Where an emerging man [young Luke] needs a masculine mentor.

The Role of Feminine Influence on Masculine Growth

When we think about growth, especially for men, the role of the feminine influence is a double-edged sword.

On one hand, it's the comfort and nurturing from women that can provide stability.

But there’s a catch: too much comfort will keep a man from reaching his full potential.

Home is the known, its the womb. The World is the unknown. Man is built for the world not the womb.

A mothers nature is to comfort and birth the boy — but it’s the fathers job to raise the man.

The father is the “mentor” in Cambell’s narrative, he is the one who guides the boy [Luke] from the known into the unknown.

In the first installment of Star Wars Luke’s home is violently destroyed — his caretakers [aunt and uncle] are murdered and Luke now fueled with anger, rage and purpose knows that there is only one way forward.

Into the unknown.

No going back and no safety net.

Time to MAN UP Luke.

Luckily for him he’s got Obi Wan…

The masculine mentor that teaches the young mind the tribal rules of man — everything is earned, life is dangerous, there are consequences and comfort is cancer.

He sharpens, develops and teaches the young Jedi the ways of the force — and guides him through his initiation into manhood.

That’s how its supposed to go.

Maybe not your childhood home and family being burnt to the ground…

But, a definitive point in time when you face the reality that you are no longer a boy.

The umbilical bond between mother and son must be severed for a boy to become a man.

I racked up debt, she paid it off.

I got in trouble, she bailed me out.

I fucked up, she consoled me.

I acted immaturely, she told me she loved me.

None of that is her fault.

It was her being a mother and me being a boy.

It was just her and I most of my upbringing, my mom raised me.

Father figures came and went, but anytime one of the men tried to reprimand, correct or even hit me [I’m sure I deserved it] she’d get in the middle.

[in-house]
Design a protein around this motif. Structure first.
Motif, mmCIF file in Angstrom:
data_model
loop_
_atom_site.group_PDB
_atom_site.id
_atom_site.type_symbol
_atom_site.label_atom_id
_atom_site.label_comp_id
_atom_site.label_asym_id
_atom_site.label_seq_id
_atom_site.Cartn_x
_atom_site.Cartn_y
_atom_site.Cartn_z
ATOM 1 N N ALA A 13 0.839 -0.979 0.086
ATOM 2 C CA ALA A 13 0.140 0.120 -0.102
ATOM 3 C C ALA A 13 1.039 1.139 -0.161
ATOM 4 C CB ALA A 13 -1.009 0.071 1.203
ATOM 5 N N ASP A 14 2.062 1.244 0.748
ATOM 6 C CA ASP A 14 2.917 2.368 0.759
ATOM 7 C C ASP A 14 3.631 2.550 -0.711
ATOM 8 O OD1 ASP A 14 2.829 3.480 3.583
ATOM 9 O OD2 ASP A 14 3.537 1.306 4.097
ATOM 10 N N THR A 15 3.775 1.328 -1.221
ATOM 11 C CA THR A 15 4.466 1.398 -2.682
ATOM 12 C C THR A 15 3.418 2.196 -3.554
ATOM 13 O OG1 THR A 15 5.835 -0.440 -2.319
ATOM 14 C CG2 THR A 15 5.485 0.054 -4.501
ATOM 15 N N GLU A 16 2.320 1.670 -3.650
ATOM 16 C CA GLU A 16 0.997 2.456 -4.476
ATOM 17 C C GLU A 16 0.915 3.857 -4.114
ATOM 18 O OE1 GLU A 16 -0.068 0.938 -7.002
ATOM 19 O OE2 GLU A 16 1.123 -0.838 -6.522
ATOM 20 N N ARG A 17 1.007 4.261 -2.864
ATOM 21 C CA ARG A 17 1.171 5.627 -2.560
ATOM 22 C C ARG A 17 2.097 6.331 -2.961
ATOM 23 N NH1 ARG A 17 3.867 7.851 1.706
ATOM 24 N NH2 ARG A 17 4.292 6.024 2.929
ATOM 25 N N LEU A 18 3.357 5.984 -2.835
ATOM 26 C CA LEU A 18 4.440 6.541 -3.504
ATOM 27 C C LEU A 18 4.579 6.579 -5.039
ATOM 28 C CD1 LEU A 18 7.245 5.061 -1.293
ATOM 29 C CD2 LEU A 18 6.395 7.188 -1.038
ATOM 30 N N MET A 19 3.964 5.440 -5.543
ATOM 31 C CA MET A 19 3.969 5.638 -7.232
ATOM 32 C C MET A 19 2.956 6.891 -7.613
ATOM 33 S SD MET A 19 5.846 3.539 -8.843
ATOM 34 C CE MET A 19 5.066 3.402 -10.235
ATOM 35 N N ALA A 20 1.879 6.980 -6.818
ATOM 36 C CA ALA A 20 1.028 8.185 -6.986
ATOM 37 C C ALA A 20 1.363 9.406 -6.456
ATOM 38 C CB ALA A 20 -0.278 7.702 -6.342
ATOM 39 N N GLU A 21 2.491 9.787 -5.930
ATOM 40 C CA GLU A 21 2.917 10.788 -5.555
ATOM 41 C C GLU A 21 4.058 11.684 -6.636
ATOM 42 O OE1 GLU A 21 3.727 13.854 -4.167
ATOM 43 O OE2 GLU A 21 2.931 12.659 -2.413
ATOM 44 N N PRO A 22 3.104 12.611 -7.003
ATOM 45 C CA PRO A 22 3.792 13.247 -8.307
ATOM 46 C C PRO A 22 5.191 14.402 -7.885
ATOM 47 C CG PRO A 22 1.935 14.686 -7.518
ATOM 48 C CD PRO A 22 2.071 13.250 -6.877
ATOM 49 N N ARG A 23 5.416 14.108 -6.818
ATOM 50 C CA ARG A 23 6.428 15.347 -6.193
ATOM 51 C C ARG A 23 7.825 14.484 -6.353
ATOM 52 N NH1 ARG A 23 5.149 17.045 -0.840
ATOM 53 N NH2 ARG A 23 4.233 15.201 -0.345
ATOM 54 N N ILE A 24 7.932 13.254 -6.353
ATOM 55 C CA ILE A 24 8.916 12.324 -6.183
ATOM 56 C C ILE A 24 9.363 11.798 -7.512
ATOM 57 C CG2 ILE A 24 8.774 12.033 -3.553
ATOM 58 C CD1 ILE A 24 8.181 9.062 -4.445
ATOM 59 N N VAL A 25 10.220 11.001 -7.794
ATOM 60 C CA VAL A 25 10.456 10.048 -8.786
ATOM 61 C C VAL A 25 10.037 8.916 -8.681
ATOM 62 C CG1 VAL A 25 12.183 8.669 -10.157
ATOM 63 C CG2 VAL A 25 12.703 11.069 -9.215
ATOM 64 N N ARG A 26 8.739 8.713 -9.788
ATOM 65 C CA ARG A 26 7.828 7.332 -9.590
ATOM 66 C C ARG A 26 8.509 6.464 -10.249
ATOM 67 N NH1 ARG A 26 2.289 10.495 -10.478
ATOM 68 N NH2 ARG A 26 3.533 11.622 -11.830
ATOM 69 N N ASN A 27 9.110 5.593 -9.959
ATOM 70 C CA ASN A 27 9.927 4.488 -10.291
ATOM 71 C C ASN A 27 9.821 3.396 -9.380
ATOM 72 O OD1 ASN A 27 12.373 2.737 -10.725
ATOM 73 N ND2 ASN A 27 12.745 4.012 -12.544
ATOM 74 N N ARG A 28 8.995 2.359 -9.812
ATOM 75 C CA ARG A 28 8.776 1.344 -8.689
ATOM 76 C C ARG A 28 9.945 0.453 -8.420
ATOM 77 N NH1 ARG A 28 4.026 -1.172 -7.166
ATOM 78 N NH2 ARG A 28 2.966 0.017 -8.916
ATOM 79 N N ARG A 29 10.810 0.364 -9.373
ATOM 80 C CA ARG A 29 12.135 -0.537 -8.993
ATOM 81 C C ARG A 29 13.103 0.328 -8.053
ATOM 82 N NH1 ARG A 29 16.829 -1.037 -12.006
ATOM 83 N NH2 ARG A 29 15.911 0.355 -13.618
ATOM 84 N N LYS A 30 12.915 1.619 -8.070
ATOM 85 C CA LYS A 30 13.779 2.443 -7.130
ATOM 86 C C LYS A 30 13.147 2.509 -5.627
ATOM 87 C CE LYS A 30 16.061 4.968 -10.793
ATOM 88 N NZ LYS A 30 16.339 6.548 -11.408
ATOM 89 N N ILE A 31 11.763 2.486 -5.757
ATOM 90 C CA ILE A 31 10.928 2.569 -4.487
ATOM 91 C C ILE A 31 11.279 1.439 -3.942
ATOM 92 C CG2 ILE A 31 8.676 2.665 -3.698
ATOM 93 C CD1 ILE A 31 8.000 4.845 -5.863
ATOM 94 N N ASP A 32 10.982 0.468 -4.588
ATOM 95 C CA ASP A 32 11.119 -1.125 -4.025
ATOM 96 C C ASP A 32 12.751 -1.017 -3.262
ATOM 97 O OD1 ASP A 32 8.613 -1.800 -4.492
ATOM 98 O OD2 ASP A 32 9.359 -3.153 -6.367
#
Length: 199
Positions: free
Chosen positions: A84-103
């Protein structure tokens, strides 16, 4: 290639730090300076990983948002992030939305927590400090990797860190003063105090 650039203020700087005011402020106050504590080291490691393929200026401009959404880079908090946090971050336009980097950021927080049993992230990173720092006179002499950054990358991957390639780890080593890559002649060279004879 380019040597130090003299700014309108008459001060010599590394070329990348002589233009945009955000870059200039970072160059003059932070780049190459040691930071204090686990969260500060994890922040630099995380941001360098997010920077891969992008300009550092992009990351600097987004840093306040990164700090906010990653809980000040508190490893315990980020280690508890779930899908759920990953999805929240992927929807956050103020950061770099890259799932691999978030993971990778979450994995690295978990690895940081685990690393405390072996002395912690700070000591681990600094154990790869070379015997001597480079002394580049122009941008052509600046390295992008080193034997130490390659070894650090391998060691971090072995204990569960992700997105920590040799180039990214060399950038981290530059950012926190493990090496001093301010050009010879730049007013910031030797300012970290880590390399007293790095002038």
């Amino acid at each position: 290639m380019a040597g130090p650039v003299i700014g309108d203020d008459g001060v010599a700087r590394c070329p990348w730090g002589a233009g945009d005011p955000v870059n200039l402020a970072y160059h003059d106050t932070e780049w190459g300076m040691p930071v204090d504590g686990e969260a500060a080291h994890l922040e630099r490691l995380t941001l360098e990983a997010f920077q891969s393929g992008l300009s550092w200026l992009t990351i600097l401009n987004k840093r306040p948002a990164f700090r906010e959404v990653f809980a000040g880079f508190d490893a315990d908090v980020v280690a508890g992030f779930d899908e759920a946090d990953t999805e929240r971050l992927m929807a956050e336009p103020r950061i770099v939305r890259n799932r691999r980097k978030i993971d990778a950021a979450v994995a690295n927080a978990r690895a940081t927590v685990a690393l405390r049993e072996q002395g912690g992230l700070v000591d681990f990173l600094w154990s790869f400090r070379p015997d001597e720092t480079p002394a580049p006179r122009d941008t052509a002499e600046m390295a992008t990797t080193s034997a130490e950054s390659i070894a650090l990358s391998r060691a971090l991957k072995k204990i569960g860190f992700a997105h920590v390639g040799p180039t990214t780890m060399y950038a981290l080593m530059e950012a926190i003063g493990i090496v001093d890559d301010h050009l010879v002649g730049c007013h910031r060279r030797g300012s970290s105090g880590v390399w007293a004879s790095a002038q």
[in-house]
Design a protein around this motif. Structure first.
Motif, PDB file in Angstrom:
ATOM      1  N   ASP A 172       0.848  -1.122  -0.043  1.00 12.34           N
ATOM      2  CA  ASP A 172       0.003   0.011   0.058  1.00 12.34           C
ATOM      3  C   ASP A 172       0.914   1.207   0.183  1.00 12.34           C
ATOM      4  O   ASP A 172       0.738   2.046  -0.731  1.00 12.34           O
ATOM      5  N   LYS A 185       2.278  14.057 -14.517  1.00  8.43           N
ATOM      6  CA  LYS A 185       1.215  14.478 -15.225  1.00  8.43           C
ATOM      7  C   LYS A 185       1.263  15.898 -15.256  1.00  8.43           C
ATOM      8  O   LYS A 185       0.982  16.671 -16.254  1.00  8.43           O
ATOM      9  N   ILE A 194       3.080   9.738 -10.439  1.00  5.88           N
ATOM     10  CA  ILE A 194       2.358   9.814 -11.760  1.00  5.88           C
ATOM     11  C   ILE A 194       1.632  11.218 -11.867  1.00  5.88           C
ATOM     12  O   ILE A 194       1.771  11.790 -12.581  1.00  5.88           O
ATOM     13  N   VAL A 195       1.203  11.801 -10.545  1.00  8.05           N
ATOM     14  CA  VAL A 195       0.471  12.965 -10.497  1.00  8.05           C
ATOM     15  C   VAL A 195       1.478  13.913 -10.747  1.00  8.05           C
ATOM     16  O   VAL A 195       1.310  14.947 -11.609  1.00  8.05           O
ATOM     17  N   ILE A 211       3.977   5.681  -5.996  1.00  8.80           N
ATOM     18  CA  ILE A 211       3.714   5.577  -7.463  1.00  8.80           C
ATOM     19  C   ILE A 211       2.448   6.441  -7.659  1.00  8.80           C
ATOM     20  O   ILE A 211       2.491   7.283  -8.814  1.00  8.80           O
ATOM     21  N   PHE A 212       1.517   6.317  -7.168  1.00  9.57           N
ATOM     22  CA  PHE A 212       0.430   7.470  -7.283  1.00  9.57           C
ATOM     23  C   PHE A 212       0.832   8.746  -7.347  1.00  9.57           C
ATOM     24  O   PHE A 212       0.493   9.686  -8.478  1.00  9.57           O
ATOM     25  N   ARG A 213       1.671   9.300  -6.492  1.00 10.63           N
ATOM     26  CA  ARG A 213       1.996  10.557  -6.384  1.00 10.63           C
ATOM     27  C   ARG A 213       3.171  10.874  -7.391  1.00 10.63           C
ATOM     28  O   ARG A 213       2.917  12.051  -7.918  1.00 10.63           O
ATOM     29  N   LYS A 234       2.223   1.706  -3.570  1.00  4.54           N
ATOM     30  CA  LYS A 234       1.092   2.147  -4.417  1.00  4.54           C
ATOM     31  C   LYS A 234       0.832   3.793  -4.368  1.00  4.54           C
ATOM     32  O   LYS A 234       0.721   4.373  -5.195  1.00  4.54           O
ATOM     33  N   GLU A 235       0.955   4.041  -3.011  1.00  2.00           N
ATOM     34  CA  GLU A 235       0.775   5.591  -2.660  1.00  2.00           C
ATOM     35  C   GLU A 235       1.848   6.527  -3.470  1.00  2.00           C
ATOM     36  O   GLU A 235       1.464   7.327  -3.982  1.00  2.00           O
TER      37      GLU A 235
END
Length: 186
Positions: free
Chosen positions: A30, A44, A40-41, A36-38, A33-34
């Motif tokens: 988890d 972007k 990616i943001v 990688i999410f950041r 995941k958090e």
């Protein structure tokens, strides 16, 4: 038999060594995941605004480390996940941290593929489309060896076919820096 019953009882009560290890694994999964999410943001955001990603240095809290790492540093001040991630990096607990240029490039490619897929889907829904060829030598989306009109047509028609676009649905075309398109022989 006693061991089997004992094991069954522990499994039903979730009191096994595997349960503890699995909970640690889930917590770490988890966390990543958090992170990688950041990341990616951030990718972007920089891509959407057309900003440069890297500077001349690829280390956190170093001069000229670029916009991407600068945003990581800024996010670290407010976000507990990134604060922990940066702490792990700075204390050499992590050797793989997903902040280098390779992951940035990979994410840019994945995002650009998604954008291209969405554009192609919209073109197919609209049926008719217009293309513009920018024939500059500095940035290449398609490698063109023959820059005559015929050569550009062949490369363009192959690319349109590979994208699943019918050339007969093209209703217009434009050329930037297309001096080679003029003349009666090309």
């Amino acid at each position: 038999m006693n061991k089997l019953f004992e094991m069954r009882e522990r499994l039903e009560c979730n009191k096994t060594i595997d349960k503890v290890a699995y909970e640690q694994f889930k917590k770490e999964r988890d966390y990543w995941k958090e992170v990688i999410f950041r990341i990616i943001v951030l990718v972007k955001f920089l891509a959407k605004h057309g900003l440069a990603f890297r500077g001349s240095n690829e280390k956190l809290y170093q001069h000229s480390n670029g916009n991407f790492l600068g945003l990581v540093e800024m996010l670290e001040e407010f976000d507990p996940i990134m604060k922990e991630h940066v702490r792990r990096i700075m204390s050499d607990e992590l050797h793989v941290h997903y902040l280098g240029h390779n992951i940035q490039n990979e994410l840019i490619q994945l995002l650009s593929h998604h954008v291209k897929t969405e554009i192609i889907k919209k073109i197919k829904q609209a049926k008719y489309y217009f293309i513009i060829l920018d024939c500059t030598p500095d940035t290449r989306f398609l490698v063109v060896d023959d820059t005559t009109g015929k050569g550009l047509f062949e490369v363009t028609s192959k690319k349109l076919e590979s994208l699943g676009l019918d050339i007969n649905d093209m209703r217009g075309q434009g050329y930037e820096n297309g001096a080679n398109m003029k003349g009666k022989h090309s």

Protecting. Insulating. Comforting.

That’s honorable — but that’s not how the world of men works.

From childhood, adolescence and the entire decade of my 20’s I called my mom every time I fucked up.

… and I fucked up plenty.

This would be like Luke running off to save the world but having his mom fight the battles.

In Star Wars there was no “Home”, mother or safety net for Luke to fall back on — he had to become a man, or die.

That level of finality is whats needed to build a man.

My own pattern of immaturity and codependency conditioned me with a default to comfort and the avoidance of responsibility.

… it also created an unhealthy reliance on woman, I drew strength and identity from “her” rather than giving strength to “her”.

It infiltrated every romantic relationship…

I thought a mate would make the man — but only the mission will.

This is the great divide between men and women btw — an unconscious program weakening masculinity for the last 100 years, purposeless men pursuing women in hopes that “she” will complete him.

Meet the “Nice Guy” a people pleasing, approval seeking, soft and beta man who tries to be NICE to get his needs met… a man that wants a relationship with a woman but fails to lead her. [Home of a future article]

The tendency for the feminine is to love, nurture, protect and care for — essential things a boy needs… but if that support turns into coddling or overprotection, it will do more harm than good.

Think about it—how often do we see guys who never really grow up because they’ve always had someone making things easy for them?

Look at the darkness and evil that comes from men who lacked a fathers intercession and discipline…


Absent or passive fathers & the raising left to women or schools.

If boys never learn the rules of men — they age into adulthood still acting like children assuming someone else will clean up their mess.

The result?

Lost and unsure of their place in the world unable to answer the question…

“Am I really a man?”

Luke became a man when his dad cut his hand off.

Men learn through pain. Physical, visceral, emotional and often violent. It’s only in the pain that a man can derive his purpose.

This isn’t just speculation; life shows us this truth in action.

It takes grit and resilience to step out and become your best self—and that usually means leaving behind what’s comfortable.